Pakistan Global Warming
Global warming is the long-term heating of Earth’s climate system observed since the pre-industrial period (between 1850 and 1900) due to human activities, primarily fossil fuel burning, which increases heat-trapping greenhouse gas levels in Earth’s atmosphere.
Pakistan recognizes Global Warming that improving and completing vulnerability assessments is only the first step in assisting countries in identifying and implementing appropriate adaptation options. As noted in Pakistan’s Initial National Communication, there is a strong need for improving information sharing, education and training, technical and scientific research inorder to articulate an effective adaptation plan. There is a requirement for identifying appropriate technologies for adaptation well-suited to local conditions and builds on the indigenous knowledge of the area. Pakistan needs support in implementing the various adaptation measures identified in the Initial National Communication. Assistance is needed to undertake research to enhance local capacity and infrastructure for planning for integrated coastal management.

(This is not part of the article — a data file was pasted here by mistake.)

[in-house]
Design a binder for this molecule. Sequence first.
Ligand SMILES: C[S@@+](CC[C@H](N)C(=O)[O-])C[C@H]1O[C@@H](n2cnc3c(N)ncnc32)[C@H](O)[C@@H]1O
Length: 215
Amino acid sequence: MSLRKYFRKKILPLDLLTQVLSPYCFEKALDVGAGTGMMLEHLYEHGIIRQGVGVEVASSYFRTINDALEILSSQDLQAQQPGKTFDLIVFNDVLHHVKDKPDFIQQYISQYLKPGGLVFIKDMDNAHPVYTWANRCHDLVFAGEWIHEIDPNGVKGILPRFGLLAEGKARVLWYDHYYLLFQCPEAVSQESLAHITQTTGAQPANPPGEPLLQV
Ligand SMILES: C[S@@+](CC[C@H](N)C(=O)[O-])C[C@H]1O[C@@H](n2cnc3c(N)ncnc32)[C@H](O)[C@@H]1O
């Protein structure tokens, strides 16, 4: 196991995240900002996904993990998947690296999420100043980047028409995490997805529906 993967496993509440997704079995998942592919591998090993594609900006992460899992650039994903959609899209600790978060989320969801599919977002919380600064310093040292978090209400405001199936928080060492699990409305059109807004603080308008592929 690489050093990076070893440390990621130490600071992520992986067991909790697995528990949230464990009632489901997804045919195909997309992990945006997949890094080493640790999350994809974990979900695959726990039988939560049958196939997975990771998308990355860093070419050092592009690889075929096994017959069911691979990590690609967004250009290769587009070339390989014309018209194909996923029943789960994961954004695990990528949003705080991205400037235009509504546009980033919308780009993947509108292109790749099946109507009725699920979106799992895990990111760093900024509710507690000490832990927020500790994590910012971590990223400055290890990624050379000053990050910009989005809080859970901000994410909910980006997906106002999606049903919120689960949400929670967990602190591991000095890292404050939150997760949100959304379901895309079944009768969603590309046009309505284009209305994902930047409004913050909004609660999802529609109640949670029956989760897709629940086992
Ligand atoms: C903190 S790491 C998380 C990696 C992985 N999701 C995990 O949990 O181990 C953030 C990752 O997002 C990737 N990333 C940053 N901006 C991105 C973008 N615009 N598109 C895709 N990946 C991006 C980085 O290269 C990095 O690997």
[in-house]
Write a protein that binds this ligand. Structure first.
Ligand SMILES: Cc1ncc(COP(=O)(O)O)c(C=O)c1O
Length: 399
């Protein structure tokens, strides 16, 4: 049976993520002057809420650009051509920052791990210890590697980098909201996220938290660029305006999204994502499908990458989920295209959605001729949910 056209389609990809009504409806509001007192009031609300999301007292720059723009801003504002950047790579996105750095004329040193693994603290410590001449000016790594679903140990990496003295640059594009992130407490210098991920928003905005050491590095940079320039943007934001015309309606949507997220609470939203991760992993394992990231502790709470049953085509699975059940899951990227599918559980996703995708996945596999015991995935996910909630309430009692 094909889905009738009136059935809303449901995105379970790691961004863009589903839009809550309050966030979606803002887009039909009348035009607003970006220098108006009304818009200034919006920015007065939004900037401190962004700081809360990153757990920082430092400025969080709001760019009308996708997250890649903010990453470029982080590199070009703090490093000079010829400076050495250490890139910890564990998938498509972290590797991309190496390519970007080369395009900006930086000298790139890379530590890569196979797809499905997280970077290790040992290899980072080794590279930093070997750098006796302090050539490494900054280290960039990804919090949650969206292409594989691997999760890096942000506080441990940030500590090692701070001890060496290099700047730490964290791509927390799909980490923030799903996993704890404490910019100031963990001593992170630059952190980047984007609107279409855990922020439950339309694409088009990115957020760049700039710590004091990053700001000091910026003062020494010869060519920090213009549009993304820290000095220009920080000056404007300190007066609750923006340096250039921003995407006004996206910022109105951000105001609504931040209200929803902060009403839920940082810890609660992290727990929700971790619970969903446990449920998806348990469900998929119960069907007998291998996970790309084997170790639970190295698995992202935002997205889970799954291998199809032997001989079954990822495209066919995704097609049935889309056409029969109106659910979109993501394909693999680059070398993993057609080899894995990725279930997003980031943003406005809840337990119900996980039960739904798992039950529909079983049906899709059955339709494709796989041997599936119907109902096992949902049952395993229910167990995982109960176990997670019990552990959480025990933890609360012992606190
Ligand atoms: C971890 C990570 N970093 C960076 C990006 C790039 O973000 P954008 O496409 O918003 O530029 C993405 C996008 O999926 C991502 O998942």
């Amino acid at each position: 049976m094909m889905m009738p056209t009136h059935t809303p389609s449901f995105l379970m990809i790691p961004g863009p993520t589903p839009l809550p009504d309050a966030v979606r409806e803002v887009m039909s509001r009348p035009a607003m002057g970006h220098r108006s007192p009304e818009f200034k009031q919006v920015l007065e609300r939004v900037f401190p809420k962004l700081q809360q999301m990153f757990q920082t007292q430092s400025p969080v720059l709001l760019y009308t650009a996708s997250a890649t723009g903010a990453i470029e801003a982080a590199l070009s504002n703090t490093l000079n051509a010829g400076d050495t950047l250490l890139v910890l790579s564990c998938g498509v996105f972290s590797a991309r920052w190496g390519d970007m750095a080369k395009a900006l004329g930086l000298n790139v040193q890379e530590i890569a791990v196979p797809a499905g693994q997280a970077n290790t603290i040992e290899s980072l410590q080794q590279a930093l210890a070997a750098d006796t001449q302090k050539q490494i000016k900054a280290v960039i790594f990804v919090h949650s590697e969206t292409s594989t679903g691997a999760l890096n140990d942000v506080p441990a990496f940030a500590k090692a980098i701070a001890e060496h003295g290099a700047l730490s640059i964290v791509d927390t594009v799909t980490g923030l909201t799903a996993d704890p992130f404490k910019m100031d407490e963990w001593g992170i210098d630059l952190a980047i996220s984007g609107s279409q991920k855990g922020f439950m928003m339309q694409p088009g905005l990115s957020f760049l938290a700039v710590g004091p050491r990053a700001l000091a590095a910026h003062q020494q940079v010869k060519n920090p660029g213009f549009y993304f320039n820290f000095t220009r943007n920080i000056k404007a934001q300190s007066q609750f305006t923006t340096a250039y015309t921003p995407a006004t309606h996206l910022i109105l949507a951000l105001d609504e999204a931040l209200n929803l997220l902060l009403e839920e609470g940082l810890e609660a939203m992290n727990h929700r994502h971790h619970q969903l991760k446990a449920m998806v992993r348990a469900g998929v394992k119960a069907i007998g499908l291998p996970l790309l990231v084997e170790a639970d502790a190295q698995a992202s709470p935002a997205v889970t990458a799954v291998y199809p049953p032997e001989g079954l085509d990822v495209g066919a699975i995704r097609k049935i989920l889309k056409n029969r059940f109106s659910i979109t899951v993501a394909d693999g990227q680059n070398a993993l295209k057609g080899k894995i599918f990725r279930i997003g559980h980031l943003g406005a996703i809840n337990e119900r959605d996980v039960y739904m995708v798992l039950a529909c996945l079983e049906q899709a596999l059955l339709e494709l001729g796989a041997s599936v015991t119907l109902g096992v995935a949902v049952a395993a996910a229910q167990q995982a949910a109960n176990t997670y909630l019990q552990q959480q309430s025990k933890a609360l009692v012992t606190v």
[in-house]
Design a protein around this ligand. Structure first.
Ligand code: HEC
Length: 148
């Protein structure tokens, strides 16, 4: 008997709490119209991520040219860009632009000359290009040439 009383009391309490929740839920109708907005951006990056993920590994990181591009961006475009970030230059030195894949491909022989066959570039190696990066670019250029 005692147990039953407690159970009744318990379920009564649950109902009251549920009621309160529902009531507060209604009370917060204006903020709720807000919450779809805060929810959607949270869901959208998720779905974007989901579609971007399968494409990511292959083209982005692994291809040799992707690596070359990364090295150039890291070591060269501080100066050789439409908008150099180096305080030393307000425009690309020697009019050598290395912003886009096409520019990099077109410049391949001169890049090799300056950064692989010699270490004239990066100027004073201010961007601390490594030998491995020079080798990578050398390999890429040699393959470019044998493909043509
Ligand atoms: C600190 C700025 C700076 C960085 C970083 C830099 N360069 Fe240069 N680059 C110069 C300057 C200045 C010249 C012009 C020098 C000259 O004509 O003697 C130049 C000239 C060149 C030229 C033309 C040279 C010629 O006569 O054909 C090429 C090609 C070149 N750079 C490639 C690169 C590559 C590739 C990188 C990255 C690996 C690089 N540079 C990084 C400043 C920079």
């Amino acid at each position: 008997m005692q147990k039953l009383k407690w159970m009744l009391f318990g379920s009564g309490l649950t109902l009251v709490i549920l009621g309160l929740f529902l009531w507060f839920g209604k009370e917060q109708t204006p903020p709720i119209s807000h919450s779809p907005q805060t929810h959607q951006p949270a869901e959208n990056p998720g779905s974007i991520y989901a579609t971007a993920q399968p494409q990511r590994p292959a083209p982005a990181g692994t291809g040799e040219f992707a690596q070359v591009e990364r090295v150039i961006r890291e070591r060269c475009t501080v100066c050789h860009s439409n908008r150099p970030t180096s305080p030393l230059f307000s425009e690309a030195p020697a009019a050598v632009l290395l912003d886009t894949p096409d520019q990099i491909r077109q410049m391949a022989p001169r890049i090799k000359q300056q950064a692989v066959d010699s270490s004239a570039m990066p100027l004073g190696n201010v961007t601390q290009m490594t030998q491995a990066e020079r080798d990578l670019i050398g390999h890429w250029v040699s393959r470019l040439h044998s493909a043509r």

Pakistan Global Warming
Pakistan occupies a land area of over 880,000 square kilometers and forms part of the South Asian subcontinent. It is bordered by India on the east, China on the northeast, and Iran and Afghanistan on the west. The Global Warming country has a diverse topography that includes permafrost and alpine regions, temperate, topical and sub-tropical ecosystems, and coastal areas. Pakistan’s diversity extends to its climatic, socioeconomic, and environmental characteristics, which differ significantly from region to region. The country has four provinces, the Punjab, the North West Frontier Province (NWFP), Sindh, Balochistan, and two federally administrated territories: the Federally Administered Tribal Areas (FATA) and the Northern Areas. In addition, the territory of Azad Jammu and Kashmir (AJK), is under the administration of the Government of Pakistan. Each province or territory is further divided into administrative units known as districts. Pakistan’s coastline with the Arabian Sea stretches to over 990 km. It consists of two distinct units in terms of physiographic outline and geological characteristics. The coastal and offshore geology of Pakistan tectonically exhibits both active and passive features.
Pakistan makes a tiny contribution to total global greenhouse gas (GHG) emissions, less than 1% (among the lowest in the world) but it is among the countries most vulnerable to climate change, and it has very low technical and financial capacity to adapt to its adverse impacts.